It is another object of the present invention to provide a vibration damping alloy steel which has a superior corrosion resistance.

To achieve the above objects, the present invention provides an Fe--Mn vibration damping alloy steel having a superior tensile strength, consisting of, by weight percent:

10 to 24% of Manganese(Mn); up to 0.2% of carbon(C); at least one element selected from the group consisting of 0.1 to 2.0% of Titanium(Ti), 0.1 to 2.0% of Molybdenium(Mo), 0.1 to 1.0% of Vanadium (V), and 0.1 to 0.7% of Tungsten(W), the element increasing a tensile strength of the vibration damping alloy steel; and remaining iron(Fe) and incidental impurities.

The present invention further provides a vibration damping alloy steel having a good corrosion resistance, cosisting of, by weight percent:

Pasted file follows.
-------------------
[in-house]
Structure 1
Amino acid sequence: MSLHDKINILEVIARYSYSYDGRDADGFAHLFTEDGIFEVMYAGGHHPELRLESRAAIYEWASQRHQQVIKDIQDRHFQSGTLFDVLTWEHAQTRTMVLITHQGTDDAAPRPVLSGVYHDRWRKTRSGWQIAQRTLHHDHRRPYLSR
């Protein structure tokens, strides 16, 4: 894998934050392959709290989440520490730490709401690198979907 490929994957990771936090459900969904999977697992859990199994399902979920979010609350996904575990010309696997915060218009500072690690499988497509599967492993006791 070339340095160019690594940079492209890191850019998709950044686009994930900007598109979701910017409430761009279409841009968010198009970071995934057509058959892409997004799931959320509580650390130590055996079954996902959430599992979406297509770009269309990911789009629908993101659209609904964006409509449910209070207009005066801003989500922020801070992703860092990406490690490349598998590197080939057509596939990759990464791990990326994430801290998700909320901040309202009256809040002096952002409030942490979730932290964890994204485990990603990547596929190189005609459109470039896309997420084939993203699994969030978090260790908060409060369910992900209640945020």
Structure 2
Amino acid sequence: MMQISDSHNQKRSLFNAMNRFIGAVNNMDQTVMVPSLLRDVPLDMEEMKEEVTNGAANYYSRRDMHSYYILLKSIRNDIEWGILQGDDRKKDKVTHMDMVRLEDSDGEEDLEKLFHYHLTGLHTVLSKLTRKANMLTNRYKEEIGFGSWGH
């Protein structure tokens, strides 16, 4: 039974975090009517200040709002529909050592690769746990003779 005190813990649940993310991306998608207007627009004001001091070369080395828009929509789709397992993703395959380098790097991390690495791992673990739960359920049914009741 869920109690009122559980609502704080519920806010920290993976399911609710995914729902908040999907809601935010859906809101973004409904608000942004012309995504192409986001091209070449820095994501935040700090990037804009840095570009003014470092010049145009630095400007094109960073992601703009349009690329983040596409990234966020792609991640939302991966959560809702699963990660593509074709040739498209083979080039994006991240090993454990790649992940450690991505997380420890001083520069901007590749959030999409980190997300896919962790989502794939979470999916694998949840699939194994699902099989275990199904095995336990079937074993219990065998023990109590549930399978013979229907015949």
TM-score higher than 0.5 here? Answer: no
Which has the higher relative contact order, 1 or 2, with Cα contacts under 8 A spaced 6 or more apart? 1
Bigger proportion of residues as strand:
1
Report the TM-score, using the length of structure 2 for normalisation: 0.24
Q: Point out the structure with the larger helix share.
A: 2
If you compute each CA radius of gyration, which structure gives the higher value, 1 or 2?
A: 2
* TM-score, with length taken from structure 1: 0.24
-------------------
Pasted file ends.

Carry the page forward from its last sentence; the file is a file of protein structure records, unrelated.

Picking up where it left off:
10 to 24% of Manganese(Mn); up to 0.2% of carbon(C); at least one element selected from the group consisting of 0.1 to 4.5% of Chromium(Cr), 0.1 to 1.5% of Copper(Cu), and 0.1 to 1.1% of Niobium (Nb), the element increasing a corrosion resistance of the vibration damping alloy steel; and remaining iron(Fe) and incidental impurities.

BRIEF DESCRIPTION OF THE DRAWINGS

The above and other objects, features, advantages of the present invention will become apparent from a review of the following detailed description of the preferred embodiment taken in conjunction with the accompanying drawings, in which:

FIG. 1 is a graph for showing the change of tensile strength and vibration damping capacity of the steel containing Ti as an additive according to the present invention;

FIG. 2 is a graph for showing the change of tensile strength and vibration damping capacity of the steel containing Mo as an additive according to the present invention;

FIG. 3 is a graph for showing the change of tensile strength and vibration damping capacity of the steel containing V as an additive according to the present invention; according to the present invention;

FIG. 4 is a graph for showing the change of tensile strength and vibration damping capacity of the steel containing W as an additive according to the present invention;